Russian authorities are not intending to restrict Antonov An-148 operations following the in-flight upset to a Rossiya aircraft en route to St Petersburg earlier this month.
After departing Moscow Vnukovo on 4 June the twin-jet was cruising at 10,600m (34,800ft), with 54 passengers and five crew members on board, when the upset occurred.
Preliminary information indicates that the aircraft, conducting a night flight, suffered an uncommanded rudder deflection, and entered a steep right bank - some 56° - and pitched downwards before the crew brought the jet under control.
Federal air transport agency Rosaviatsia confirms that the aircraft banked and lost height but states: "The crew promptly switched to manual control, then made a safe landing at St Petersburg Airport."
Investigators from Russia's Interstate Aviation Committee (MAK) states that the fault was linked to a malfunctioning control system.
Inquiries discovered damaged insulation on an electrical cable which appears to have resulted in the transmission of spurious signals.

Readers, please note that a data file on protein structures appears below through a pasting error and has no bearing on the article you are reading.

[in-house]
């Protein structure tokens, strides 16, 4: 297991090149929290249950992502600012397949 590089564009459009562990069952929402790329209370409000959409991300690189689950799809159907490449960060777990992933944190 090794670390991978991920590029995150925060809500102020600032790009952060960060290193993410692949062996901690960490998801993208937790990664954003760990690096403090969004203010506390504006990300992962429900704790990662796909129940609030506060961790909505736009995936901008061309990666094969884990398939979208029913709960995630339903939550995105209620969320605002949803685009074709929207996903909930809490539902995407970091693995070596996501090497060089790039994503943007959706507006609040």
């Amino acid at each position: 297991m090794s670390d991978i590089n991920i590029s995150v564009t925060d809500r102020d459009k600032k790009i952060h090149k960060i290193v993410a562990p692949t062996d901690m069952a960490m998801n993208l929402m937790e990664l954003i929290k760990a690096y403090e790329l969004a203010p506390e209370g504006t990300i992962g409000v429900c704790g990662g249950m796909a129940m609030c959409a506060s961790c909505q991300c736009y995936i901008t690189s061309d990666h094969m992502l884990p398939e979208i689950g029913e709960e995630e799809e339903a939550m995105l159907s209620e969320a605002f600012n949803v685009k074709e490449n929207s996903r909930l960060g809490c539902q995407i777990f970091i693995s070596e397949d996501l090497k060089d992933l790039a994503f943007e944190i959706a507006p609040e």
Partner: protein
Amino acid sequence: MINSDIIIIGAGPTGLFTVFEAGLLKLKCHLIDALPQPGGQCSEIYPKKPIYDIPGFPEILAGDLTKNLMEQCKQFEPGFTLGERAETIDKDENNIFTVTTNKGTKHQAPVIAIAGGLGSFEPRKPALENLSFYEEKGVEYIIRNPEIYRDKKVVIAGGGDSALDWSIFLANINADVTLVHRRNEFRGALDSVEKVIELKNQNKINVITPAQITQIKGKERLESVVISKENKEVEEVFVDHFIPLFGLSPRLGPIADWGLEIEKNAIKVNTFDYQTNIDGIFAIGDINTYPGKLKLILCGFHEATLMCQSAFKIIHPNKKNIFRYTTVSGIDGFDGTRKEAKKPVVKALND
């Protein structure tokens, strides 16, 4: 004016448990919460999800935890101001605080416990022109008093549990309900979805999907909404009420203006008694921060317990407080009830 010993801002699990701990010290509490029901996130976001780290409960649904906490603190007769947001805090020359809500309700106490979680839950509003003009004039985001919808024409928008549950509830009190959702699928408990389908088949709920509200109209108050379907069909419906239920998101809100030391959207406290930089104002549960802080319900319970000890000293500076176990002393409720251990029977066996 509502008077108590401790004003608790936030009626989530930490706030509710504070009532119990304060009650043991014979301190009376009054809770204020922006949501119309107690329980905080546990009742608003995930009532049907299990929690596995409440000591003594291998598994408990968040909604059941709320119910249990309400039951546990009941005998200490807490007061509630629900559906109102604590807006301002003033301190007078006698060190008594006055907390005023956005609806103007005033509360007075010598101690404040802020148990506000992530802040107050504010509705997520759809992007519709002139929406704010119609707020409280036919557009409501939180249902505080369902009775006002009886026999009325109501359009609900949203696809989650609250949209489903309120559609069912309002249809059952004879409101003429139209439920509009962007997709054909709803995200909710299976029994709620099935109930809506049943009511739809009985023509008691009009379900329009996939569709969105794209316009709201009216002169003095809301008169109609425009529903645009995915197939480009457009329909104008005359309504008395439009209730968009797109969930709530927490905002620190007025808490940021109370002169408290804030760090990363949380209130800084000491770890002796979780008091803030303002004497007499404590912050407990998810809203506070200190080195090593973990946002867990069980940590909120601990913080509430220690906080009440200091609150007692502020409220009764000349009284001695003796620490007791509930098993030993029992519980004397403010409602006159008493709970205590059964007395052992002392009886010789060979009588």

MAK says that an airworthiness directive has already been issued aimed at verifying the integrity of the supply chain for An-148 production.
Design bureau Antonov, Voronezh-based airframer VASO, and systems developer Moscow Institute of Electromechanics and Automation are participating in the investigation.
But Rosaviatsia says that there is "no reason" to restrict the flights of the An-148, three of which are among the Rossiya fleet - including the airframe involved in the incident, RA-61701.
It adds that any problems arising with the type, particularly at this early stage of its introduction to airline service, would be carefully assessed in order to implement solutions to ensure continued safe operation.